Saturday, August 02, 2008
But fear not, after a couple of days I will be back with lots of LOLCats, poetry, pictures of flowers, and recitations on the glory of life.
Wednesday, July 30, 2008
, and how they have changed through the years. From Big Country, to Raging Bull, to Oldboy, this lesson in editing and pacing does a fine job of exploring the highs and lows of filmed fisticuffs.
"The committee's delegates expressed widespread hope that a seven-year buildup to the 2008 Games would accelerate openness in China and facilitate improvement in its record on human rights.
''I think the message was that the I.O.C. wanted to open a country that represents one-quarter of mankind and had never organized the Games before,'' Jacques Rogge, an influential delegate from Belgium, said."
And according to François Carrard, the executive director of the I.O.C.:
"Bet on the fact that in the coming seven years, openness, progress and development in many areas will be such that the situation will be improved. We are taking the bet that seven years from now we will see many changes."
Luckily, someone with a clue provided a sensible view of things:
"''There is a feeling that the Olympic Games promote world peace and humanitarian causes and can impact social change immediately,'' said Kevin Wamsley, a history professor and director of the International Center for Olympic Studies at the University of Western Ontario. ''History shows the Games have not done these kinds of things. I don't think we saw any less racism in the U.S. because the Olympics were in Atlanta.''"
We all knew this was going to happen, right? Did anyone really think the Chinese would welcome the world with open arms? That their citizens would have new-found rights and freedoms after being sprinkled with freedom-dust from the Five Circled Fairy of Olympic Goodness? Sadly no, as we live in the real world.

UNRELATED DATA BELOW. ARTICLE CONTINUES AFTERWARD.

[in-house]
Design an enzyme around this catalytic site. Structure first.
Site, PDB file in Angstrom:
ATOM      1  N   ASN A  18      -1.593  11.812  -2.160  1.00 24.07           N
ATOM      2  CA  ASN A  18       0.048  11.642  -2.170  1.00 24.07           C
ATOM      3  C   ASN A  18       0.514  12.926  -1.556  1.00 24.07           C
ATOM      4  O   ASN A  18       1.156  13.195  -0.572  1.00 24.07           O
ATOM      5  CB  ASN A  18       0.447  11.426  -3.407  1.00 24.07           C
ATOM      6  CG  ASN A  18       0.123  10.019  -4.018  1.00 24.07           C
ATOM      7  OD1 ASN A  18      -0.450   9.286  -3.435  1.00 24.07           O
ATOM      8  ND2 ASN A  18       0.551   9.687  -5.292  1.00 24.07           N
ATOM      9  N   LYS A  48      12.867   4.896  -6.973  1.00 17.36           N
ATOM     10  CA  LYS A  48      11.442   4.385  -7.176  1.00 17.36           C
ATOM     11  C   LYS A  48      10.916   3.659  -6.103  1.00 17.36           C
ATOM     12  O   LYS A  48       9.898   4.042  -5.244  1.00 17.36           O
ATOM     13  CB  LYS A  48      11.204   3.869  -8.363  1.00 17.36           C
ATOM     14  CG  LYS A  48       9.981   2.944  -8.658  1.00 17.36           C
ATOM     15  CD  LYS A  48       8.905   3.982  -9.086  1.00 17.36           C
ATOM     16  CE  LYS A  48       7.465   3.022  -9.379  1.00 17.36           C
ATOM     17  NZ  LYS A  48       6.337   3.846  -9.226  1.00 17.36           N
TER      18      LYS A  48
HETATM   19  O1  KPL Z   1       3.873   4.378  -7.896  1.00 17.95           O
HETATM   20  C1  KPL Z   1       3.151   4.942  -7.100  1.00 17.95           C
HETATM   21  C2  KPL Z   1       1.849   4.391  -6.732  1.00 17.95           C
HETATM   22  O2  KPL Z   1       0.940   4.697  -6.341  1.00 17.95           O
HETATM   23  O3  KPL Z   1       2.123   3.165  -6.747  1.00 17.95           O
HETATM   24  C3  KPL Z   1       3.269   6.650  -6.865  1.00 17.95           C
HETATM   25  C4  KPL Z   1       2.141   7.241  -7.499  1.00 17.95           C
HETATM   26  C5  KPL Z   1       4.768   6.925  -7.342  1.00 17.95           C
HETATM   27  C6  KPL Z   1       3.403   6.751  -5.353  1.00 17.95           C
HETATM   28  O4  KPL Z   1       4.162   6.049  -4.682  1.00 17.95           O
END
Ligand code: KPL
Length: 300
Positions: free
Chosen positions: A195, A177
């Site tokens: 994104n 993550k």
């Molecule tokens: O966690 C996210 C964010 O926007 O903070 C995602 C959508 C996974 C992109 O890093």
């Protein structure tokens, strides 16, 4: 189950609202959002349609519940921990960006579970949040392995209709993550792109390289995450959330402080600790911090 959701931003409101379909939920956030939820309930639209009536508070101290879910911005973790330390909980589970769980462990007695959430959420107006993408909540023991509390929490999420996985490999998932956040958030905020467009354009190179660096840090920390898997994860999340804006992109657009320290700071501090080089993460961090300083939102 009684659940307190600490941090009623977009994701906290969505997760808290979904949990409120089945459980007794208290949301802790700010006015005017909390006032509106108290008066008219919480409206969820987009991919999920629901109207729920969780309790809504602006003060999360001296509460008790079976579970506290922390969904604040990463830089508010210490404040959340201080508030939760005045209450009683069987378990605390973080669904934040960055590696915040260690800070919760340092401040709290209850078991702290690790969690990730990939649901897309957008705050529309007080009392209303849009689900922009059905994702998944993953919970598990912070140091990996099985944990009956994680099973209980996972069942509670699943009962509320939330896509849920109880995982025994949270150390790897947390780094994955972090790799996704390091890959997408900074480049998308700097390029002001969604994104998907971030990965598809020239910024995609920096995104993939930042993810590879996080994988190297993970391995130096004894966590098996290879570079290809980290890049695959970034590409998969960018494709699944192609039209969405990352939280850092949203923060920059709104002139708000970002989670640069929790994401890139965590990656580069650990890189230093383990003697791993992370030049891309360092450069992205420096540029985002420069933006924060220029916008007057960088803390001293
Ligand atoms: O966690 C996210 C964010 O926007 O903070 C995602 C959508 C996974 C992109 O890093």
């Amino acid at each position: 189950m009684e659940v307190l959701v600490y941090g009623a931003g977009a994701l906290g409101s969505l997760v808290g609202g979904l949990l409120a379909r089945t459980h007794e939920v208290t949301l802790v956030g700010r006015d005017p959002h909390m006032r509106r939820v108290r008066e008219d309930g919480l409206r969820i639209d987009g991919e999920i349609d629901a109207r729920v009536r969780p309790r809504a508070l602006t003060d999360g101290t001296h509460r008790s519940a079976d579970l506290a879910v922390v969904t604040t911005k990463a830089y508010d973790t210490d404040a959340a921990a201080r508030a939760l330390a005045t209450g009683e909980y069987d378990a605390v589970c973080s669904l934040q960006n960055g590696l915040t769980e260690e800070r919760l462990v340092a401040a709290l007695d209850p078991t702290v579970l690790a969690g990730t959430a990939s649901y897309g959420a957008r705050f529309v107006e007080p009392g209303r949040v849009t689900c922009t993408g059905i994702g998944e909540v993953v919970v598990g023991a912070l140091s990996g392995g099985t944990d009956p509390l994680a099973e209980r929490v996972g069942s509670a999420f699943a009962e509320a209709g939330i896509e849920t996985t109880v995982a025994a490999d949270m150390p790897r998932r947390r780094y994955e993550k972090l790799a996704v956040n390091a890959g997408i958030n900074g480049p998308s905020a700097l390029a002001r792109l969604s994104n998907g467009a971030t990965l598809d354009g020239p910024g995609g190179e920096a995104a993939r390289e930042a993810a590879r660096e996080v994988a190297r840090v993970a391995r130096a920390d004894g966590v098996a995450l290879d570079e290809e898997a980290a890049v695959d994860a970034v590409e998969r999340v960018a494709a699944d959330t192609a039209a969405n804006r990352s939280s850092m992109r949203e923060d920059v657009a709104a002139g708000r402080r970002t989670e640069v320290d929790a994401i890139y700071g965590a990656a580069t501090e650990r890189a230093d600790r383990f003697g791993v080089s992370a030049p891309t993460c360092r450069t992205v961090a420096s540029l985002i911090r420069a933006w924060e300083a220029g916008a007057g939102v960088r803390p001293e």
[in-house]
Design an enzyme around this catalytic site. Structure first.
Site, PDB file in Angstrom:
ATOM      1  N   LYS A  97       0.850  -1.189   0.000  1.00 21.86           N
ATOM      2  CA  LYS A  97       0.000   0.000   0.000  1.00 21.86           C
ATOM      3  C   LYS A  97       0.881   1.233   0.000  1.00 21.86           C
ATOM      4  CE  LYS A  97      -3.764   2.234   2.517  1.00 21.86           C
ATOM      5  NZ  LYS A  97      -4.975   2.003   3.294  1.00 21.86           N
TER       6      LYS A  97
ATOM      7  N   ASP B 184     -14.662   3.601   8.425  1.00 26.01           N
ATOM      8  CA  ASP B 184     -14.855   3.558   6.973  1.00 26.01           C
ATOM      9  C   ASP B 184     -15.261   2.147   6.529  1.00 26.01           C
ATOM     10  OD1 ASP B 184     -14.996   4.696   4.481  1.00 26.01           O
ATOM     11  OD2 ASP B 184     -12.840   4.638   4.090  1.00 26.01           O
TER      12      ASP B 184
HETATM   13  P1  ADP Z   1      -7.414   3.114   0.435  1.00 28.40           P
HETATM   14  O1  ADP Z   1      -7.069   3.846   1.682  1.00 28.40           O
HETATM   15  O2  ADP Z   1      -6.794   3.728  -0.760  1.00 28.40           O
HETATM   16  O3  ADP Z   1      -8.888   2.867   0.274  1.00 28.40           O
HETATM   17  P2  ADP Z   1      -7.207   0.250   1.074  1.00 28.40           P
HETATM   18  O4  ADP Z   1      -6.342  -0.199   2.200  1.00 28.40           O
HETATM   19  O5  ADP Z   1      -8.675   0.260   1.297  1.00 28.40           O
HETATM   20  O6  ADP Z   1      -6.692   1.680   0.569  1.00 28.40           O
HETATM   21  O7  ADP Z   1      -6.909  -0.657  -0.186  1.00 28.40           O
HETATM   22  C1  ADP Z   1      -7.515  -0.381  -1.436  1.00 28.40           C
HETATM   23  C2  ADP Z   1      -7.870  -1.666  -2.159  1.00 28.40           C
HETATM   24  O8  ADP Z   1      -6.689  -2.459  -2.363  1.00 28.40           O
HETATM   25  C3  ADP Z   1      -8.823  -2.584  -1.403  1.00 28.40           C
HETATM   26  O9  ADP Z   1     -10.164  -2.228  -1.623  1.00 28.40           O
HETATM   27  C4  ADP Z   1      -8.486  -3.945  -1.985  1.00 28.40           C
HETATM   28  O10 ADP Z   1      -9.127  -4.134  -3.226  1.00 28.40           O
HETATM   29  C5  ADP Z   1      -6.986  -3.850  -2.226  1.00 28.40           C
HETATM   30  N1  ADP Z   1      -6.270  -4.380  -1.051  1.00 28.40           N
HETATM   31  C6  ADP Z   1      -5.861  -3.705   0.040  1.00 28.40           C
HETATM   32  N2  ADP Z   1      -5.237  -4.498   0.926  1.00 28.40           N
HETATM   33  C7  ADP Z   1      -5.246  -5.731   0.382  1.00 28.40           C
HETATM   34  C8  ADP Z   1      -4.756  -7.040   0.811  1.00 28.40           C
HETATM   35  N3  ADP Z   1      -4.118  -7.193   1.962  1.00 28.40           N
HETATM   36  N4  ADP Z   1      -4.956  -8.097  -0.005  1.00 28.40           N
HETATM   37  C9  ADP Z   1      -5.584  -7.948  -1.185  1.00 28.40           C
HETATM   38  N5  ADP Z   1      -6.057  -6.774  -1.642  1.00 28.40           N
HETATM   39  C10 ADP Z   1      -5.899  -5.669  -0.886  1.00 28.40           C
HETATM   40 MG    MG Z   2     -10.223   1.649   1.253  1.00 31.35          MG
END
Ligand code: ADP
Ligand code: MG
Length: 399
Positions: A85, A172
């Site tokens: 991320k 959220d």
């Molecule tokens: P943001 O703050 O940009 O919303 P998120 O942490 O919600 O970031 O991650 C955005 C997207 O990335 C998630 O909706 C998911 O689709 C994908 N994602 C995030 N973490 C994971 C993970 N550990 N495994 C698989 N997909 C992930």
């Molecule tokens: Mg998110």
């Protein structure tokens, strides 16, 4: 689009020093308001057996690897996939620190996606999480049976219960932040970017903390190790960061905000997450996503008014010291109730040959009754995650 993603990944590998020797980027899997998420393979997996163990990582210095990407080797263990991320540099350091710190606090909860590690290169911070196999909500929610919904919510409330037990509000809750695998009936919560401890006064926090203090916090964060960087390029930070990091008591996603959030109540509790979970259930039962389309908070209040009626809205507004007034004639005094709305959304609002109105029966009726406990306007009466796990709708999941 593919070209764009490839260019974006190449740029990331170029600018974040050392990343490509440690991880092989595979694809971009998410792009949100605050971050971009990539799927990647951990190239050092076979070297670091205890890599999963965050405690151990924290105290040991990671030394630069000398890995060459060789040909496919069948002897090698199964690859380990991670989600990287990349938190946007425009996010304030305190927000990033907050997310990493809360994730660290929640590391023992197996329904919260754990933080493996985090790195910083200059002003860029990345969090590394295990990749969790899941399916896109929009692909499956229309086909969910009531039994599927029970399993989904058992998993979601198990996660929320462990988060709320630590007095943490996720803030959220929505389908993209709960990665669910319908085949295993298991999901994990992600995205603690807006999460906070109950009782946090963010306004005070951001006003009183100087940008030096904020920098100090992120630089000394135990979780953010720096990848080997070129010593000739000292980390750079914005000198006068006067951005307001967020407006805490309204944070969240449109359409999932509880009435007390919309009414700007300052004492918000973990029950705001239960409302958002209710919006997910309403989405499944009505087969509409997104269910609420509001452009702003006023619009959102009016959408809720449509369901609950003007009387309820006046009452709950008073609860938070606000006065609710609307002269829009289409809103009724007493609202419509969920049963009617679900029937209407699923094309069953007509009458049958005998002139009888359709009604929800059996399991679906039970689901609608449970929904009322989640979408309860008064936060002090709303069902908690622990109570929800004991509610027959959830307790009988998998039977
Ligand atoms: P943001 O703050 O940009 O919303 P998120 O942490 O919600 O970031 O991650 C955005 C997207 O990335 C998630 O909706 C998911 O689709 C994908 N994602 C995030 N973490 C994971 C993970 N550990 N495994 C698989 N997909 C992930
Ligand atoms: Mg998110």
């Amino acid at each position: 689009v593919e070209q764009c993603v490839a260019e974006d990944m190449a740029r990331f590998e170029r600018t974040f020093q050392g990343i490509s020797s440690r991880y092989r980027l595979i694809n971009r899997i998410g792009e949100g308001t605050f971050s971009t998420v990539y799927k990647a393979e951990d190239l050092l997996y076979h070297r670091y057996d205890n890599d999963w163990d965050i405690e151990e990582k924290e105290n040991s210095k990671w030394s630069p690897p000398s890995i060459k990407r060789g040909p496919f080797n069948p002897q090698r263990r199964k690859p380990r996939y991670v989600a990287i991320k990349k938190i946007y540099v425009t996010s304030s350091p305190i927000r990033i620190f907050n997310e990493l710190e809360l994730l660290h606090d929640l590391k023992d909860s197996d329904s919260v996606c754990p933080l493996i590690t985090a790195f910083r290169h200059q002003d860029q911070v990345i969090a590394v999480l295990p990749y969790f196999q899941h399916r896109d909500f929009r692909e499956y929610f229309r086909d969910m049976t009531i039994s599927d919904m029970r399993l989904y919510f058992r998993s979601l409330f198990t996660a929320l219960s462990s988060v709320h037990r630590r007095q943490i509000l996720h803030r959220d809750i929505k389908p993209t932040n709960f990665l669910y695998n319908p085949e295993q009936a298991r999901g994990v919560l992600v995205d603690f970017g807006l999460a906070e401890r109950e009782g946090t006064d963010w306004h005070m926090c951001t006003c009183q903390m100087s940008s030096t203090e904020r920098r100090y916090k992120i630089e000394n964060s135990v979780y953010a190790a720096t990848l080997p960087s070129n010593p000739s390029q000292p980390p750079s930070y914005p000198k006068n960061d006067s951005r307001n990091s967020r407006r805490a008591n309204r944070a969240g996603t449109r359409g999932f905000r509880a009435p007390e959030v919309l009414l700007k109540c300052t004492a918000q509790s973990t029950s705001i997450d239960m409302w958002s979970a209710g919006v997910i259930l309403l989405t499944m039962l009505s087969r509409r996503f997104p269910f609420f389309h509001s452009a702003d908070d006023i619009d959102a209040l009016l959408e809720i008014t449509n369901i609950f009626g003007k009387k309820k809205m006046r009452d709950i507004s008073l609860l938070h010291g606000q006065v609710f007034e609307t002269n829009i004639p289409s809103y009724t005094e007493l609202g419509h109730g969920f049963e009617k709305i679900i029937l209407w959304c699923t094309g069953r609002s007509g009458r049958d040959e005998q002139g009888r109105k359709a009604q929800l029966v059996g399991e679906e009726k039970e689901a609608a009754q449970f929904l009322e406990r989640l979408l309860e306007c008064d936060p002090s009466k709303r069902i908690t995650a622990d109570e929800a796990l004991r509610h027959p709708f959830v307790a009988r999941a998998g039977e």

So it comes as no surprise that China now has a new and improved local snitch squad, 400,000 strong.
And as for the IOC's fine words about freedom and openness? Well put me in gumboots and call me a duck. Turns out they were lying.
"A deal between the International Olympic Committee and China will allow the communist country to block journalists from sensitive websites during the Beijing Games in August."
From the same article, we have comedy worthy of Baghdad Bob. You see, Amnesty International put out a report on the terrible job China has done fulfilling their promise to improve human rights. Well....
"The report from Amnesty International, released just 10 days ahead of the opening ceremonies, says China's human rights record has actually worsened as the Games approach.
It says China has failed to live up to its promise to allow greater media freedom.
On Tuesday, Foreign Ministry spokesman Liu Jianchao rejected the report, saying that Amnesty is biased and people "those who know China will not agree with this report."Of course the funny part is that Amnesty's web site is blocked in China, so that "those who know China" and are in China, won't get to decide for themselves.
The Chinese don't care about human rights. Giving them the Games was never going to change that.